I was finally awoken from my stupor by yesterday's 1-4 loss to Germany in Dortmund. That score really doesn't look good for the USA. It also is even more meaningless than Germany's 1-4 loss to Italy at the beginning of the month. Here, at least, we can say that we fielded a substantially weakened side against what really is about the best side the Germans can put out there at the moment. That doesn't really excuse the result, and there are a lot of things about which we should worry. No one who claims to be an able professional should show such lack of awareness on the pitch against anyone as some of our defenders did between the 70th and 80th minutes. At least no one knocked it into our own net this time (Jeff, I'm looking your way). On the international pitch, or any football pitch, the game requires 90 minutes of concentration. 90 minutes really isn't that long a time. It's only about as long as the average college class... Ah... now I see a connection. We need to only field players who haven't been ruined by college ball. Damn you higher education! Acclimating our young men to late-in-the-period naps. Whoever we field at the World Cup has to be prepared and accustomed to playing for the full 90. Just that alone can bring unexpected results. Ireland, for example, have made it into an art.

Concentration issues aside, there really wasn't anyone on the USA who gave a complete performance. But that isn't to say that there isn't any good to take from this game. there were times when the USA moved the ball well against the Germans and we created at least 3 really good scoring opportunities. That without Donovan, Reyna, Beasley or McBride. Controling play and creating legitimate offensive opportunities against quality opposition has traditionally been another problem for the US. Admittedly, this may say more about the weakness of Germany's defense than anytihng else, but it's something we can take away from this game.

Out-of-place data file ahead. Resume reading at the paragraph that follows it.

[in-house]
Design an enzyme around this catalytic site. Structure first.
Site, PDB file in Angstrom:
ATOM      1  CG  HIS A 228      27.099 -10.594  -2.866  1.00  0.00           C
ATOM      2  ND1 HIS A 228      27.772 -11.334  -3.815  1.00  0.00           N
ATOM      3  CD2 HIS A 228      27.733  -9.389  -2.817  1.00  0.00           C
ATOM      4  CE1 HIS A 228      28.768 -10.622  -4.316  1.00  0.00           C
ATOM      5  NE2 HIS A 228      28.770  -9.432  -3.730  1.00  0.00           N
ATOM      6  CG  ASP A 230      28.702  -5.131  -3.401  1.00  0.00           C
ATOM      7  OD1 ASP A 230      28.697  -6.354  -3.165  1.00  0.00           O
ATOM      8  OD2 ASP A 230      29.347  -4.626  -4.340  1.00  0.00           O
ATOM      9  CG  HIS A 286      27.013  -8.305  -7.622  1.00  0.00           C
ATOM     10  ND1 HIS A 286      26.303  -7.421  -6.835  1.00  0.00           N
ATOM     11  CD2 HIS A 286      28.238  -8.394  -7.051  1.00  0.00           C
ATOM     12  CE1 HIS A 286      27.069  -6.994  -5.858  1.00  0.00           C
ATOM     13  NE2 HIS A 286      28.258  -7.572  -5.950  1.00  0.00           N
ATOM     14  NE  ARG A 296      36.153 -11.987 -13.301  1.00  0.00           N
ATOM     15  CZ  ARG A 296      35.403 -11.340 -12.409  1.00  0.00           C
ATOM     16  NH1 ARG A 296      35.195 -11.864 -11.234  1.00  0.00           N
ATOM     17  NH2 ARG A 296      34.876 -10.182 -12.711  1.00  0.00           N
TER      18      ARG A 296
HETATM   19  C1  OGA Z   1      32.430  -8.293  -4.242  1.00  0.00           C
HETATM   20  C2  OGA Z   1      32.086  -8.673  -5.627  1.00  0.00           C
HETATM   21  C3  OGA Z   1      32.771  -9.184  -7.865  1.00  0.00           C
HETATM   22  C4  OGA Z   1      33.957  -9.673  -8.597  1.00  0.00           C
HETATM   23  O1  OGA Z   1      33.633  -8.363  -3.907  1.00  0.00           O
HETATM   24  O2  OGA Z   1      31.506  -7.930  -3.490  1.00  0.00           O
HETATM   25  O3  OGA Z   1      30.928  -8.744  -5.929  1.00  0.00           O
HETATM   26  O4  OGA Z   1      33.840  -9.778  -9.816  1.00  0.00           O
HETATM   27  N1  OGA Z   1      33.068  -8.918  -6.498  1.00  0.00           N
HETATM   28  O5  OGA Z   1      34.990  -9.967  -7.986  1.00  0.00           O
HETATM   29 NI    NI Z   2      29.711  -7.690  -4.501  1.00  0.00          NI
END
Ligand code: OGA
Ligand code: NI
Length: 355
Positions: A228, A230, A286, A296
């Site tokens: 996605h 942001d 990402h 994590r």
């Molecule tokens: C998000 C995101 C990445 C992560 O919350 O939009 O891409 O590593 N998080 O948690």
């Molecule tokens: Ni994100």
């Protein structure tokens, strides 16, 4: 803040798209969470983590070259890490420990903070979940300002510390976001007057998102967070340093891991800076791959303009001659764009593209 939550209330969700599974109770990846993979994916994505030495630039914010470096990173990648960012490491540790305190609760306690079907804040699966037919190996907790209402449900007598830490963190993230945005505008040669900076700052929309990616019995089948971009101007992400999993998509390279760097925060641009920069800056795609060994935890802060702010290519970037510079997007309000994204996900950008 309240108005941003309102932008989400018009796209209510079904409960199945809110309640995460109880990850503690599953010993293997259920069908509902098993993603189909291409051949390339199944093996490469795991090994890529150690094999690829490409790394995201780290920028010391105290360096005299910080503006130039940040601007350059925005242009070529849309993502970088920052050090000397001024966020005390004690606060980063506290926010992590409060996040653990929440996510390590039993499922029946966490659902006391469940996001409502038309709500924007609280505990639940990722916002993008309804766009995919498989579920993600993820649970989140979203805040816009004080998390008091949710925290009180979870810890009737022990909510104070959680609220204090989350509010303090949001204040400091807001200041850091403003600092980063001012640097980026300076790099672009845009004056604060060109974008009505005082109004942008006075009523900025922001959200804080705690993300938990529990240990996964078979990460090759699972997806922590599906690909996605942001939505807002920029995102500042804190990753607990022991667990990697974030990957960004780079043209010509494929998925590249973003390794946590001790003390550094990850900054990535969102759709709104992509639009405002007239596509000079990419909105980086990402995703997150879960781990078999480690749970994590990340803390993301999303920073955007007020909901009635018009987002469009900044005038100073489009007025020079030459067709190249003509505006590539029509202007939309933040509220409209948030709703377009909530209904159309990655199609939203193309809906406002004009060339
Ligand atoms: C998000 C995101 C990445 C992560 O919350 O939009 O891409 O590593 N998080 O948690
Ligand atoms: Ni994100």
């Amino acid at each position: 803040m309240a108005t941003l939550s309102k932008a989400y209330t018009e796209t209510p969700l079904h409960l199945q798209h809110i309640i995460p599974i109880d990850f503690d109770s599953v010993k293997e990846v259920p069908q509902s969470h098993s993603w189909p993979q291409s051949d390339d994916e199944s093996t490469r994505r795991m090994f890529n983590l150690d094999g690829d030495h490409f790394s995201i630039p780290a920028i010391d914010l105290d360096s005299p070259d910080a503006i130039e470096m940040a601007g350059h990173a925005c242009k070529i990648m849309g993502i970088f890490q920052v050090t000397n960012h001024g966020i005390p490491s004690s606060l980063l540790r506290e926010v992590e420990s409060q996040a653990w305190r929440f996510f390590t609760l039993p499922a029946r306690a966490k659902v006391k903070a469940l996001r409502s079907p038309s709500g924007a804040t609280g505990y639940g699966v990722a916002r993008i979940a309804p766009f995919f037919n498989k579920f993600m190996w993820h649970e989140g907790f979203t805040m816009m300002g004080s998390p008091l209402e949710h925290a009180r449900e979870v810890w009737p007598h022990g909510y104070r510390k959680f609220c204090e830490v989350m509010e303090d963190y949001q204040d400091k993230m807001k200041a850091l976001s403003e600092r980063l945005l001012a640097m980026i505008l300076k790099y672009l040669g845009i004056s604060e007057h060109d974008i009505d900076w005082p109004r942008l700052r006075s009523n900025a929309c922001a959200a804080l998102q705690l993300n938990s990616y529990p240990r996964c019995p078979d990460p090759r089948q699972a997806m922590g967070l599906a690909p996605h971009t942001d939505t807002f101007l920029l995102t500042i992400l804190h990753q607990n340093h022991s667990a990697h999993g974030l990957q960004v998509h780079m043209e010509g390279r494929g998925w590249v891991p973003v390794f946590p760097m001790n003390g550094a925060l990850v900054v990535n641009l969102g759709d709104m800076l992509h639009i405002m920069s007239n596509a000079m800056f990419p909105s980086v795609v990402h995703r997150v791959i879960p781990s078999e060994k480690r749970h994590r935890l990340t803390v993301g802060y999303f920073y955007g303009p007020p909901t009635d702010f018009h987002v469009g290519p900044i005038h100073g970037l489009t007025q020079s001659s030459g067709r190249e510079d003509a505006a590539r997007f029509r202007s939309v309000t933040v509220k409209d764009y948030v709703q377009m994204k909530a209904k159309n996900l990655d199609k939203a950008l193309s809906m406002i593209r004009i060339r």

All in all, this really wasn't such a horrible result. The Nats have been coasting this year and really needed a difficult result. This also gives Bruce a better idea of which second tier players are really going to be ready for the World Cup. In addition, this may help us out by leading our group opponents to underestimate our team even more severely. We may know that this was a B team, but to an Italian, American players are distinguish only because they wear different numbers. I would actually be a lot more worried if I were Klinsmann right now. The score looked good for them, but it is likely to give them a little too much confidence and it was clear that they have done little to fix their defensive frailties. But only time will tell.

Thursday, January 26, 2006

What's in a Name?

I know it's been a long time since I've written. It's not that there hasn't been anything to write about (although the winter is pretty slow). Mostly I've just been really busy, tired and uninspired by goings on in the world of football. I mean, how excited can one really be about Svengate Part 503? I don't care how much he's being paid at the FA, I would still want out. And sure, it's a bit inconvenient for an employer if a key employee is spending his free time scoping alternative employment opportunities. That may be grounds for dismissal, but it's not illegal to my knowledge. We don't get upset about the average Joe trying to get out of a job he doesn't like. I defy you to explain to me how football is different.

I think we all know that the real issue is that Sven just happens to have this annoying habit of being not English. Fine. Get rid of him. People will very quickly learn that there simply isn't an English manager in the game today who's worth a damn.